Sin City: A Dame to Kill For
Sin City: A Dame to Kill For (2014)
★★ / ★★★★
Directed by Frank Miller and Robert Rodriguez, “Sin City: A Dame to Kill For” is a disappointing sequel to a visually stunning, funny, thrilling, and engaging picture that is still unique to this day. While it does offer two opposite but interesting performances, the screenplay by Miller fails to offer anything fresh or exciting. He forgot to ask and answer a most basic question: What makes the sequel worth visiting?
Perhaps Miller thought that the visual acrobatics and trickeries would be enough to sustain our attention. While I still enjoyed that the film is presented in beautiful black-and-white, painted with bright primary colors once in a while, there is barely any dimension to any of the characters. And although most of them are supposed to be tough and have a proclivity for bloody violence, it does not mean that there should not be anything else to them. Successful graphic novels that fall under the action genre translated onto screen tend to work well as drama, too. It is because audiences are able to emotionally invest in the characters since the characters are, in a way, a reflection of ourselves—our insecurities, our doubts, we feeling like underdogs at times.
Joseph Gordon-Levitt plays Johnny, gifted with hands that are lucky. Every time he puts a dollar into a slot machine, coins come rushing down like waterfall. Card games are a piece of cake for he always gets the best hand. He hopes to snag the attention of the feared Senator Roark (Powers Boothe), still angry about his son’s death. Gordon-Levitt plays Johnny with a calculated cool and we hope for the character to get exactly what he wants. But the story takes place in Sin City, not la-la land.
Eva Green plays Ava, a beautiful, seductive woman who hopes to be set free from her abusive husband. She enlists the help of a photographer named Dwight (Josh Brolin), a former lover who remains to have feelings for her despite her previous act of betrayal. Green is delicious in every scene because she plays her character like a snake eyeing its dinner. Ava is the most unpredictable of the bunch and Green knows it. And so she milks every frame of every scene.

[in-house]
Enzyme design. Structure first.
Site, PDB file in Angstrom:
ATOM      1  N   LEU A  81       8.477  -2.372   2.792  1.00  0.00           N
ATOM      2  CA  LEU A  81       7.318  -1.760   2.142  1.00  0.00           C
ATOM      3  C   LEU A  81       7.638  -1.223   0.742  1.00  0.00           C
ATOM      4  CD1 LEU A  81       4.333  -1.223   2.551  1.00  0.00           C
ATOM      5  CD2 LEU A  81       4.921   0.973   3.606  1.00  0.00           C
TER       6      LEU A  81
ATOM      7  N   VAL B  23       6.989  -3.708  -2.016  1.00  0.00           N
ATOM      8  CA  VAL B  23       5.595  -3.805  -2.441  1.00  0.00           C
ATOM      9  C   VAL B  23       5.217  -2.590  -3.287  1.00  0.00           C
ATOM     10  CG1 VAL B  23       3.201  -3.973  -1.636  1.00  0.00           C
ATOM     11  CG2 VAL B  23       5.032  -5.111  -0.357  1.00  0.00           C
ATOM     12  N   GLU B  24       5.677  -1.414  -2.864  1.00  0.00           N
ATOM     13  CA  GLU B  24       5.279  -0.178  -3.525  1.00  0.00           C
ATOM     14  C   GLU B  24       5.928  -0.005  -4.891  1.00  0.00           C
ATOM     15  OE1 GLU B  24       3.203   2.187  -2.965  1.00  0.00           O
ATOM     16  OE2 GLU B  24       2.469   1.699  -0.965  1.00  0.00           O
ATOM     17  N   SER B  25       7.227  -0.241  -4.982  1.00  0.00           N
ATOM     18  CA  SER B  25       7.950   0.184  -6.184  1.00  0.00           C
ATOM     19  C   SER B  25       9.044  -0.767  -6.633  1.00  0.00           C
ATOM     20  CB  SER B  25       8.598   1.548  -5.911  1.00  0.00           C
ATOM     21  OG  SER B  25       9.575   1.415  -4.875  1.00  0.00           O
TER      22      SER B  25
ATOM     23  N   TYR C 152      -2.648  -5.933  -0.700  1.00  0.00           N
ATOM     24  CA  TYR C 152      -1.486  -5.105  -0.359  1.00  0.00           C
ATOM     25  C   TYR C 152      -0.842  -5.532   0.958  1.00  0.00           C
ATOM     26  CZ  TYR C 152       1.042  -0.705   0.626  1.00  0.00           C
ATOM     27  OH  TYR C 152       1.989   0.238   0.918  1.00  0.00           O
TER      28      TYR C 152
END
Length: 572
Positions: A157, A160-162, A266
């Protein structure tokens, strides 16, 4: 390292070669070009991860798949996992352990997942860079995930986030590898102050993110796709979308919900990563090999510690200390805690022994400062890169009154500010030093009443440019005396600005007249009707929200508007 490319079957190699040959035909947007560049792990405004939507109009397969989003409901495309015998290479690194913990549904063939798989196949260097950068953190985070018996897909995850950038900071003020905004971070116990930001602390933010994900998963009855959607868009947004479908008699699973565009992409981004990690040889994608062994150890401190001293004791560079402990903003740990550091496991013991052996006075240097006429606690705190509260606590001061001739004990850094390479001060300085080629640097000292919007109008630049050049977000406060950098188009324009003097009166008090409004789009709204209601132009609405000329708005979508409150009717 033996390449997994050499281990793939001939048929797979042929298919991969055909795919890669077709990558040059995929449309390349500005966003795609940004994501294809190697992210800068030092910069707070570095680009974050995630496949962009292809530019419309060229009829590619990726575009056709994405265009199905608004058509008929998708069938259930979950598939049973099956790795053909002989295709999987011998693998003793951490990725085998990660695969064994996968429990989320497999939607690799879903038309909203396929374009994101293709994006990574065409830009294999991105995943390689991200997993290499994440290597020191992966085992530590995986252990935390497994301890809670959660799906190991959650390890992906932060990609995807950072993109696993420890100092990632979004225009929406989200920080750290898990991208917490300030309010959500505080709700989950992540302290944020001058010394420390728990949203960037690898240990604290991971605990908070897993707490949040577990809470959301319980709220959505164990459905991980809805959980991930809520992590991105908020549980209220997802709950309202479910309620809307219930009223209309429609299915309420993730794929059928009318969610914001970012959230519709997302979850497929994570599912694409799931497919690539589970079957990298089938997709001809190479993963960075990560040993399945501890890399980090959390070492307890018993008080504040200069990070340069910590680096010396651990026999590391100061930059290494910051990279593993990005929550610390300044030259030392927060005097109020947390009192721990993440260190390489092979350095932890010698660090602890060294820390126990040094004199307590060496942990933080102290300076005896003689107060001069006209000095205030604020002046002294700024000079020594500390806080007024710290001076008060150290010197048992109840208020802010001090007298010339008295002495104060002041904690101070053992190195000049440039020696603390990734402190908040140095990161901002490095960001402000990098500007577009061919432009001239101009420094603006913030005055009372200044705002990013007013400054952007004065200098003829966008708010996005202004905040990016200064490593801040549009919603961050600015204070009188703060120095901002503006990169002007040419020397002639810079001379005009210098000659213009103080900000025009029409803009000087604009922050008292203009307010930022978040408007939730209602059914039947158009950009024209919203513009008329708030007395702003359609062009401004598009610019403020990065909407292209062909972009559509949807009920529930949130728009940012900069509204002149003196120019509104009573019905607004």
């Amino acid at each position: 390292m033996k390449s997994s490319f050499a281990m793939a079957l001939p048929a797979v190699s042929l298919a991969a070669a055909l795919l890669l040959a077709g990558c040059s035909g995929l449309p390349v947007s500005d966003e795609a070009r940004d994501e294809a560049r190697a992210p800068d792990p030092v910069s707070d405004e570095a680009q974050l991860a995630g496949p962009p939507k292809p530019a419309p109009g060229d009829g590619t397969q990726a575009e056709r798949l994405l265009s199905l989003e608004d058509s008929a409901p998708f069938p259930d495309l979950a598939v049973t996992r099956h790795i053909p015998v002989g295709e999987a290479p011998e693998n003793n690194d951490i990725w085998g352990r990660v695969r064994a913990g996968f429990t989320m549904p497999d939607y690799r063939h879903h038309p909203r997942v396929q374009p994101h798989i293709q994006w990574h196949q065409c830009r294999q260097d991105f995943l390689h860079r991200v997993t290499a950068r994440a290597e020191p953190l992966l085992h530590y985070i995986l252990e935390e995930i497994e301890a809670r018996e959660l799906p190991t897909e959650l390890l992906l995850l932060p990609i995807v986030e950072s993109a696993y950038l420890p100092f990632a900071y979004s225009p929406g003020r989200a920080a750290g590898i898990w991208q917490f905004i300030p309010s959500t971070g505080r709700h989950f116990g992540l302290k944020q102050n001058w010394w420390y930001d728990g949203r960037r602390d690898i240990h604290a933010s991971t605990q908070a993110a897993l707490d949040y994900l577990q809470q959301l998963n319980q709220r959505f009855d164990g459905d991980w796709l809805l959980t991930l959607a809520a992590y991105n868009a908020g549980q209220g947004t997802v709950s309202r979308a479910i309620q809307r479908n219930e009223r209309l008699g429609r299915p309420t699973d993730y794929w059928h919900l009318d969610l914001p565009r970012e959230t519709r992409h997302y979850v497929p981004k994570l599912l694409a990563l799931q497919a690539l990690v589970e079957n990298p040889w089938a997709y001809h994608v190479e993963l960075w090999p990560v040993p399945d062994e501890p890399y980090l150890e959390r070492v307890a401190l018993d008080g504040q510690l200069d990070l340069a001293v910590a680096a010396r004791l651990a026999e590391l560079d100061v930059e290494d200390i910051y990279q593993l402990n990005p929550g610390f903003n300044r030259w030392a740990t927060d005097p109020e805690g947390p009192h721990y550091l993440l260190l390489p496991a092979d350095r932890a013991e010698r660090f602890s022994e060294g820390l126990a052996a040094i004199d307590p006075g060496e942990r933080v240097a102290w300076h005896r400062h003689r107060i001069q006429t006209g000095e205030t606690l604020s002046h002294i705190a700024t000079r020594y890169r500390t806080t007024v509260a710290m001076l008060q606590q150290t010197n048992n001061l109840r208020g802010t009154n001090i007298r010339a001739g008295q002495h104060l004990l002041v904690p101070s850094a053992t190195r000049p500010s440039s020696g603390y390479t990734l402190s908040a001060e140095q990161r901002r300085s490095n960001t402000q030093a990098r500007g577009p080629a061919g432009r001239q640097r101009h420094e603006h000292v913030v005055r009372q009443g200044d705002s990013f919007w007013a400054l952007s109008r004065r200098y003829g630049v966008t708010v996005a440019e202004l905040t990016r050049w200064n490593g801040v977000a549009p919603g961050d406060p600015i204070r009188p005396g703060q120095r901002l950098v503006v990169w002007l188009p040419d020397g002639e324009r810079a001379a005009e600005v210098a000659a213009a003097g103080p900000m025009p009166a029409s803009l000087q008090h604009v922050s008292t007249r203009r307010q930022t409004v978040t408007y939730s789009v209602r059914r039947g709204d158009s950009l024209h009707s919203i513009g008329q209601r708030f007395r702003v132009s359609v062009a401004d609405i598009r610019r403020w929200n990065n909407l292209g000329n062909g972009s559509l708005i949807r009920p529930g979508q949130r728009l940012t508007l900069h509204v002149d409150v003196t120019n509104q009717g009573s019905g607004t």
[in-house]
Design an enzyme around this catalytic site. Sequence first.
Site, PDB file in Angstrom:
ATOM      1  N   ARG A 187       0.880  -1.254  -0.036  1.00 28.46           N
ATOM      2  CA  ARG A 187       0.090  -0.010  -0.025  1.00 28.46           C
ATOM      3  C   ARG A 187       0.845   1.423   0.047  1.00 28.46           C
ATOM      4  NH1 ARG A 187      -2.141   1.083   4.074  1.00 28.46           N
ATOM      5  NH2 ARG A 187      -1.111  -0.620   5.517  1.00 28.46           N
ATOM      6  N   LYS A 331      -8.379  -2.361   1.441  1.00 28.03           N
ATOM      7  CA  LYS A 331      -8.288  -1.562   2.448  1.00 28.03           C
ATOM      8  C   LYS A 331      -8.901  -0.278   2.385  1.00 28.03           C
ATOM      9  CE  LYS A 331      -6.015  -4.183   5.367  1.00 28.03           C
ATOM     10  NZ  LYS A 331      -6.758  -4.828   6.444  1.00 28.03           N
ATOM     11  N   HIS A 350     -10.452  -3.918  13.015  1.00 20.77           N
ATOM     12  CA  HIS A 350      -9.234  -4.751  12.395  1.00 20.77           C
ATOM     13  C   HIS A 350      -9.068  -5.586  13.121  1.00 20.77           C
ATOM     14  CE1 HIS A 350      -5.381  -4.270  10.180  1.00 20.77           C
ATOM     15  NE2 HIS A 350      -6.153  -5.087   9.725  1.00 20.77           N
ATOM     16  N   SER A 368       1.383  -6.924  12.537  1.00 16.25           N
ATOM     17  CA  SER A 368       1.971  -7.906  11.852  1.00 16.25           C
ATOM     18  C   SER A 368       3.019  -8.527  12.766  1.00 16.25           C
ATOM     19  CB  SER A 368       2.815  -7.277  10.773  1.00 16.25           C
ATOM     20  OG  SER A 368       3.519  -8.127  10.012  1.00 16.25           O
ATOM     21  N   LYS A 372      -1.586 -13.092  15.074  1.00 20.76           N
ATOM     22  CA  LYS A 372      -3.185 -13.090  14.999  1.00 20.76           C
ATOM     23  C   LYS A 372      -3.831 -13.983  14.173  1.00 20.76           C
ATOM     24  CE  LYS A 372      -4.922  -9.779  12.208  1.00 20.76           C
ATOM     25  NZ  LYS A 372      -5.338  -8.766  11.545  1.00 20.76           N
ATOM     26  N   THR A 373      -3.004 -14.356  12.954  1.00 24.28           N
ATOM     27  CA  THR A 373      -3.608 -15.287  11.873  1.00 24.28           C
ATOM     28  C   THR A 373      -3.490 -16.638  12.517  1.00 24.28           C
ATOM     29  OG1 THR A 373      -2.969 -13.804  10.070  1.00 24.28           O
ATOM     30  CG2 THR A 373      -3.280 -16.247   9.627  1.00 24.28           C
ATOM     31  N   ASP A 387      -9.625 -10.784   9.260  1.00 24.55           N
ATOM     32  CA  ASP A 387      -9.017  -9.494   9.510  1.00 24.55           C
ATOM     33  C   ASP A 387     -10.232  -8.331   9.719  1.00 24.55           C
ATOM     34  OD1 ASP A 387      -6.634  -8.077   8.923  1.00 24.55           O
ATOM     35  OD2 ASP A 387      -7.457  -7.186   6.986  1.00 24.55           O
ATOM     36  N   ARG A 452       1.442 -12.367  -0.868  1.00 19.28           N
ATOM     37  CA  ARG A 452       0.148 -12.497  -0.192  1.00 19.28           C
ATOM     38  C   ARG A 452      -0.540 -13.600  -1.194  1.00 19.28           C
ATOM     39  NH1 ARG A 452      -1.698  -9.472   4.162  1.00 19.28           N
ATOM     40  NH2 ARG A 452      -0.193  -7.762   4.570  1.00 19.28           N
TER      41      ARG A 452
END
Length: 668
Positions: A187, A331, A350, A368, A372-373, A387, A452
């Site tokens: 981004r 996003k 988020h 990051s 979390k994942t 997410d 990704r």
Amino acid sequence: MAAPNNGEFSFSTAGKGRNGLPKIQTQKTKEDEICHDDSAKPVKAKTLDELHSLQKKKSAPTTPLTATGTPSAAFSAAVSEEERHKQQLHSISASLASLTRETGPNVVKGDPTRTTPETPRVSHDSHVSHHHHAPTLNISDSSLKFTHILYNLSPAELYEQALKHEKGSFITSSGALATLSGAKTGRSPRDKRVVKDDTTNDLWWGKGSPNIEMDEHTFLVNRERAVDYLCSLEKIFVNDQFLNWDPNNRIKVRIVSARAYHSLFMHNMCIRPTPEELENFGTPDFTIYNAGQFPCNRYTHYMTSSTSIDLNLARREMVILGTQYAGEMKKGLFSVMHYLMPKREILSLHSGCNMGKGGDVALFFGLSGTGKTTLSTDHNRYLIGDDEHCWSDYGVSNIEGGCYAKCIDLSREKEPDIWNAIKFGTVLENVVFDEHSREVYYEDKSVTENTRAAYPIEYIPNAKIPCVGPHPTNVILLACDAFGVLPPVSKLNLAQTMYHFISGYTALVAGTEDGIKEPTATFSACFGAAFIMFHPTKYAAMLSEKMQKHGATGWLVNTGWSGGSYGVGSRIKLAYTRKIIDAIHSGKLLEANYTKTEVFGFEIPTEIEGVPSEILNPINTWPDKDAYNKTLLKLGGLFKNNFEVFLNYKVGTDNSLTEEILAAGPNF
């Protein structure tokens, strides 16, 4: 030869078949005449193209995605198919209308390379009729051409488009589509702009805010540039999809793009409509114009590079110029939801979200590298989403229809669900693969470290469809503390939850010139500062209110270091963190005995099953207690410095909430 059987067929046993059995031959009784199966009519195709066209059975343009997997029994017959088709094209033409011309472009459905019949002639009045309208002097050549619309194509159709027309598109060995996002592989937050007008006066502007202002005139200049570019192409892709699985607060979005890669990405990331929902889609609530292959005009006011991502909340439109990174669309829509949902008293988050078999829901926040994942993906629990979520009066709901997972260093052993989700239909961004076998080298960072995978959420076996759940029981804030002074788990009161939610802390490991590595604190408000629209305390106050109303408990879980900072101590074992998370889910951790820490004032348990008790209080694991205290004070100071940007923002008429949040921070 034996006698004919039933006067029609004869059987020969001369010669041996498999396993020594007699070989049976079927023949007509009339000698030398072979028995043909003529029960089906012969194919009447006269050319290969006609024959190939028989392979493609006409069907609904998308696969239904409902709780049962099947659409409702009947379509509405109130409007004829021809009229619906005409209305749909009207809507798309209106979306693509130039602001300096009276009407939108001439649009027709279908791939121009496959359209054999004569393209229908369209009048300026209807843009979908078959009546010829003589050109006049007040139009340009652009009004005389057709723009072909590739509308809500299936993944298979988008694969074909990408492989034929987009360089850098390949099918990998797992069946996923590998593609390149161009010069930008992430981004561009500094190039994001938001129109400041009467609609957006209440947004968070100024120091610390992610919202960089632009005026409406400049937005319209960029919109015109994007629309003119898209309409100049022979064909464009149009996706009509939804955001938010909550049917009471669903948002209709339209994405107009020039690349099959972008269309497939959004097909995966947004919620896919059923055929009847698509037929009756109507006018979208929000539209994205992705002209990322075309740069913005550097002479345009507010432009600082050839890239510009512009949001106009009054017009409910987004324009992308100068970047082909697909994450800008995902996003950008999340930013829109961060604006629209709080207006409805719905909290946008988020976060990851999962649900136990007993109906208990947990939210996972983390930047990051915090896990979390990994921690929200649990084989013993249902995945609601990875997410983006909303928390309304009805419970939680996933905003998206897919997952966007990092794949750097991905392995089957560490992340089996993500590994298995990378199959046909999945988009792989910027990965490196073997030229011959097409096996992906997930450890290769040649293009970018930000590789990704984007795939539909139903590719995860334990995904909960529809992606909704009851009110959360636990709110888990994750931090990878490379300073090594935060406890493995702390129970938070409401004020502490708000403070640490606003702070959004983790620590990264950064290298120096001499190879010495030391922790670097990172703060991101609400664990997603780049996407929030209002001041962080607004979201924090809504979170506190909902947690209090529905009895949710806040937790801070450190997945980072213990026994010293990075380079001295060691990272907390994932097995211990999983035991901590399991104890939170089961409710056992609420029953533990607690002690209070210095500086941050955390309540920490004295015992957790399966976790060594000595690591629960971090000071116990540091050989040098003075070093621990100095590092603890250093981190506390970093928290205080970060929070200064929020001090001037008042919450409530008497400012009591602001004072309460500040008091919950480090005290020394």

The rest relies on platitudes. The script has a tendency to offer lines such as “Death is like life in Sin City.” Perhaps it is meant to be a serious commentary on the moral decay of the place but it comes across as cornball fluff. And speaking of cornball fluff, Jessica Alba once again rests on her physical beauty and fails to create a convincing character who is angry and full of angst. It is not entirely her fault.
Alba plays a stripper—one that remains fully clothed for the duration of the performance—who wishes to end the life of Roark. But every time she is given the opportunity, she cannot muster her fingers to pull the trigger. I was confused as to why Miller wrote the character to be this way in this film when he knows that Alba is not a performer who has much range. She is good at playing soft, flirtatious, and friendly characters.
What she lacks is a desperation in the eyes to denote her character’s craving to really hurt someone for the sake of payback. The screenplay demands the character to disfigure herself to come across as tough. It does not work because even though her outer appearance has changed, the inside—the absence of inner brutality—remains the same.